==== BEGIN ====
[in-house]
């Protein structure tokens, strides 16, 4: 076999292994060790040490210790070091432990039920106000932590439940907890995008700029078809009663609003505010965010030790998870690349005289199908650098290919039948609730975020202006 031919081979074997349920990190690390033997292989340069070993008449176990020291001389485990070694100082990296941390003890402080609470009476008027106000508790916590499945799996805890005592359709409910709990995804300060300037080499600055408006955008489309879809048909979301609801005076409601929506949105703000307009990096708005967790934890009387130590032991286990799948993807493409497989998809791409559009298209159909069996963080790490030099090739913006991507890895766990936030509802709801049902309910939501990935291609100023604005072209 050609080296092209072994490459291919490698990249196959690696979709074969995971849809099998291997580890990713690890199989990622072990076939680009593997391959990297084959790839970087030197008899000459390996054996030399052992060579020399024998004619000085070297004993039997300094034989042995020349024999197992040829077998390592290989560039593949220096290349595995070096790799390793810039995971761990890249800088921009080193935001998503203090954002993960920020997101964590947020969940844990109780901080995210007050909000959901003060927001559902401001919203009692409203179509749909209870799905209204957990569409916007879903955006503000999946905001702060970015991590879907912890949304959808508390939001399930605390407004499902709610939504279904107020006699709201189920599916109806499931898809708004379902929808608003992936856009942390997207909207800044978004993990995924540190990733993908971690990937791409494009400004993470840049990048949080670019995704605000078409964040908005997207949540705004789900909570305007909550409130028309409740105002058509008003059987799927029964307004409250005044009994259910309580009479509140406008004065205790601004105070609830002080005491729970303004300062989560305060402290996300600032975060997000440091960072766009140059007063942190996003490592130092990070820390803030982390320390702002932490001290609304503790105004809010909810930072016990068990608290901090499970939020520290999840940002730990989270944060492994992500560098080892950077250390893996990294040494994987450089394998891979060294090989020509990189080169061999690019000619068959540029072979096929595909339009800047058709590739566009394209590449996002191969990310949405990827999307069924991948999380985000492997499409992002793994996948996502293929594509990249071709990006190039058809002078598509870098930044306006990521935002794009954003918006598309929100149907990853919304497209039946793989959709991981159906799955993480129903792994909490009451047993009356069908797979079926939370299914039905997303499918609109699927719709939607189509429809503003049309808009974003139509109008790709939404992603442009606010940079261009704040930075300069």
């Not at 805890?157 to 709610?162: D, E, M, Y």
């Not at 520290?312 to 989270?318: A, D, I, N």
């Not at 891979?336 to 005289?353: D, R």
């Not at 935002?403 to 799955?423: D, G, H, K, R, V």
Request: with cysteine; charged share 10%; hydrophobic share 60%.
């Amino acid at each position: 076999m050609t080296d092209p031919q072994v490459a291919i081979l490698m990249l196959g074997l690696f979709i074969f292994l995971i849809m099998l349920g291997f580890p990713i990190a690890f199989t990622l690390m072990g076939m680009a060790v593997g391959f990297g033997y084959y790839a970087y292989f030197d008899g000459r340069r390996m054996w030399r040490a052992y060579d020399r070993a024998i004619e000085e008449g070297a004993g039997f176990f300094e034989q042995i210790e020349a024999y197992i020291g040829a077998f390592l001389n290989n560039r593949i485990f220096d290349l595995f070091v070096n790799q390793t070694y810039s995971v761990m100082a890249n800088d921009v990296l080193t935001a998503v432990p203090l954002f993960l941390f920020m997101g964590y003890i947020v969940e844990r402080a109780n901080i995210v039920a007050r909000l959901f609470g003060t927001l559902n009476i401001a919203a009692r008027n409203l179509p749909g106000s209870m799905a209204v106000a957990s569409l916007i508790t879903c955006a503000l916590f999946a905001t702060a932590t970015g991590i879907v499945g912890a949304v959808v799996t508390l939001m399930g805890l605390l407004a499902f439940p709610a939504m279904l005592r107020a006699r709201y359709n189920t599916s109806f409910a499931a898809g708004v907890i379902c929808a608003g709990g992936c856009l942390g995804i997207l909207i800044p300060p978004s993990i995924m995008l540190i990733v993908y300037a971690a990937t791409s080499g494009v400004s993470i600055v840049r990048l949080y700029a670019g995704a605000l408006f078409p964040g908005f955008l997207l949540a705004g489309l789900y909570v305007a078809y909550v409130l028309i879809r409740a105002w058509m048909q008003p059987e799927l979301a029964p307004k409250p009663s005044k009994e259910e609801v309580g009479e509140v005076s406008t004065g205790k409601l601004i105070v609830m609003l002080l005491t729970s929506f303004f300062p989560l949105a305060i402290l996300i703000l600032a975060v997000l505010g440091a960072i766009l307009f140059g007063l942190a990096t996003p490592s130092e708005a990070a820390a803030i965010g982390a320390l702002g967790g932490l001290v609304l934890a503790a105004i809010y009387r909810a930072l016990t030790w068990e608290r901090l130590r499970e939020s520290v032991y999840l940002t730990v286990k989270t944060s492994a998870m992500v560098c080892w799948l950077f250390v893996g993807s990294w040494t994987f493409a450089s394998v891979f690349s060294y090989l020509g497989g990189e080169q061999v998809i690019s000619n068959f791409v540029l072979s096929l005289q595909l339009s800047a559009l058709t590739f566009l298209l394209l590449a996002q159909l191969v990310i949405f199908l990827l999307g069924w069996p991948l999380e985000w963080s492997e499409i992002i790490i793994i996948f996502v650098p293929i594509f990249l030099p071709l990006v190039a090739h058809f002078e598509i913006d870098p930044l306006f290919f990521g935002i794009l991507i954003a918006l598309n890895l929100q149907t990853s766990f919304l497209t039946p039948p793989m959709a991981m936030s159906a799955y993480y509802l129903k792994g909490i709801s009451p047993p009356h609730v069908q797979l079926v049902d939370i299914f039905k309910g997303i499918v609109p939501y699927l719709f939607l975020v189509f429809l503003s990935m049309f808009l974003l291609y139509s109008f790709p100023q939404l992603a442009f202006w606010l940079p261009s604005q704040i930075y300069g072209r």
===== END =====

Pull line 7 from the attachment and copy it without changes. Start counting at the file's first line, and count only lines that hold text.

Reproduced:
Request: with cysteine; charged share 10%; hydrophobic share 60%.